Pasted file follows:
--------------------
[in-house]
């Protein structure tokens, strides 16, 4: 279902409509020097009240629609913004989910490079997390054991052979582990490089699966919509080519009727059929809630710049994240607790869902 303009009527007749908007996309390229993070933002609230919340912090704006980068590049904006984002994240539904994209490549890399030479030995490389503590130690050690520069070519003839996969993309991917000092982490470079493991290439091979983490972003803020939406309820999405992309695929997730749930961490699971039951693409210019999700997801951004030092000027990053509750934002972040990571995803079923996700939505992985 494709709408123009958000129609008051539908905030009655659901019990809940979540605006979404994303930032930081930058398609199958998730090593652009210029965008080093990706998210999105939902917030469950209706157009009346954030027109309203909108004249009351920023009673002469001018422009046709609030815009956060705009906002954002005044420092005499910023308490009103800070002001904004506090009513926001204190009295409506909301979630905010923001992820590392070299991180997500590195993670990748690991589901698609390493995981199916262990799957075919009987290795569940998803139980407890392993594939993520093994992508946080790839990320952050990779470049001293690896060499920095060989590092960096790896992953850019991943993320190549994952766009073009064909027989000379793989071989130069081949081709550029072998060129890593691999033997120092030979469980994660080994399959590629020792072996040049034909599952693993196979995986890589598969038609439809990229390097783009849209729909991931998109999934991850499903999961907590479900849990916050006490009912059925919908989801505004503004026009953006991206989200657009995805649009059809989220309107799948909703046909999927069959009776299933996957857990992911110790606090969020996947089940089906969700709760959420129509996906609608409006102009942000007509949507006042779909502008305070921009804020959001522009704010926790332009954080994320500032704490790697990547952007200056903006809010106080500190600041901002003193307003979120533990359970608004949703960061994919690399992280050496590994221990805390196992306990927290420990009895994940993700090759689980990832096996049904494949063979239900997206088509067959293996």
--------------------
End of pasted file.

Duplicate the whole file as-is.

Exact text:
[in-house]
């Protein structure tokens, strides 16, 4: 279902409509020097009240629609913004989910490079997390054991052979582990490089699966919509080519009727059929809630710049994240607790869902 303009009527007749908007996309390229993070933002609230919340912090704006980068590049904006984002994240539904994209490549890399030479030995490389503590130690050690520069070519003839996969993309991917000092982490470079493991290439091979983490972003803020939406309820999405992309695929997730749930961490699971039951693409210019999700997801951004030092000027990053509750934002972040990571995803079923996700939505992985 494709709408123009958000129609008051539908905030009655659901019990809940979540605006979404994303930032930081930058398609199958998730090593652009210029965008080093990706998210999105939902917030469950209706157009009346954030027109309203909108004249009351920023009673002469001018422009046709609030815009956060705009906002954002005044420092005499910023308490009103800070002001904004506090009513926001204190009295409506909301979630905010923001992820590392070299991180997500590195993670990748690991589901698609390493995981199916262990799957075919009987290795569940998803139980407890392993594939993520093994992508946080790839990320952050990779470049001293690896060499920095060989590092960096790896992953850019991943993320190549994952766009073009064909027989000379793989071989130069081949081709550029072998060129890593691999033997120092030979469980994660080994399959590629020792072996040049034909599952693993196979995986890589598969038609439809990229390097783009849209729909991931998109999934991850499903999961907590479900849990916050006490009912059925919908989801505004503004026009953006991206989200657009995805649009059809989220309107799948909703046909999927069959009776299933996957857990992911110790606090969020996947089940089906969700709760959420129509996906609608409006102009942000007509949507006042779909502008305070921009804020959001522009704010926790332009954080994320500032704490790697990547952007200056903006809010106080500190600041901002003193307003979120533990359970608004949703960061994919690399992280050496590994221990805390196992306990927290420990009895994940993700090759689980990832096996049904494949063979239900997206088509067959293996």